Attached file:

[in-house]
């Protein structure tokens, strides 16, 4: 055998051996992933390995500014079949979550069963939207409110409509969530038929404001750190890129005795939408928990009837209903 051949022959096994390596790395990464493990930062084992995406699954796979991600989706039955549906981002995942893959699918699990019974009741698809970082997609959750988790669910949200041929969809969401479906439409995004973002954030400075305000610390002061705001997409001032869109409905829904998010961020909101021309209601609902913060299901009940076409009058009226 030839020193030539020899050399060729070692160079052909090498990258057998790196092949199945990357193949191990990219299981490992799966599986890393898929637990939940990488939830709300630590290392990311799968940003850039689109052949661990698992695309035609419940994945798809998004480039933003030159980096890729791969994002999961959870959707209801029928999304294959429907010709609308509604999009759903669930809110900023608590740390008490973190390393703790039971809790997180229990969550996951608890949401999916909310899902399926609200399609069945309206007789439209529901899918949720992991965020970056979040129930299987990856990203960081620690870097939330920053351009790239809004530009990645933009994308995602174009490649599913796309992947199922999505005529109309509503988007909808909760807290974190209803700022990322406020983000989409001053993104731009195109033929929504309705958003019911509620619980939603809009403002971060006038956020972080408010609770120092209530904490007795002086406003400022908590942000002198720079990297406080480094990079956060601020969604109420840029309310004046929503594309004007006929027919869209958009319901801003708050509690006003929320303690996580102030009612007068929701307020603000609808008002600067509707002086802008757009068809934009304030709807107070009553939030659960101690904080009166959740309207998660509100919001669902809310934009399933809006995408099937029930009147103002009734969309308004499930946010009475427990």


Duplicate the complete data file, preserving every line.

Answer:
[in-house]
């Protein structure tokens, strides 16, 4: 055998051996992933390995500014079949979550069963939207409110409509969530038929404001750190890129005795939408928990009837209903 051949022959096994390596790395990464493990930062084992995406699954796979991600989706039955549906981002995942893959699918699990019974009741698809970082997609959750988790669910949200041929969809969401479906439409995004973002954030400075305000610390002061705001997409001032869109409905829904998010961020909101021309209601609902913060299901009940076409009058009226 030839020193030539020899050399060729070692160079052909090498990258057998790196092949199945990357193949191990990219299981490992799966599986890393898929637990939940990488939830709300630590290392990311799968940003850039689109052949661990698992695309035609419940994945798809998004480039933003030159980096890729791969994002999961959870959707209801029928999304294959429907010709609308509604999009759903669930809110900023608590740390008490973190390393703790039971809790997180229990969550996951608890949401999916909310899902399926609200399609069945309206007789439209529901899918949720992991965020970056979040129930299987990856990203960081620690870097939330920053351009790239809004530009990645933009994308995602174009490649599913796309992947199922999505005529109309509503988007909808909760807290974190209803700022990322406020983000989409001053993104731009195109033929929504309705958003019911509620619980939603809009403002971060006038956020972080408010609770120092209530904490007795002086406003400022908590942000002198720079990297406080480094990079956060601020969604109420840029309310004046929503594309004007006929027919869209958009319901801003708050509690006003929320303690996580102030009612007068929701307020603000609808008002600067509707002086802008757009068809934009304030709807107070009553939030659960101690904080009166959740309207998660509100919001669902809310934009399933809006995408099937029930009147103002009734969309308004499930946010009475427990």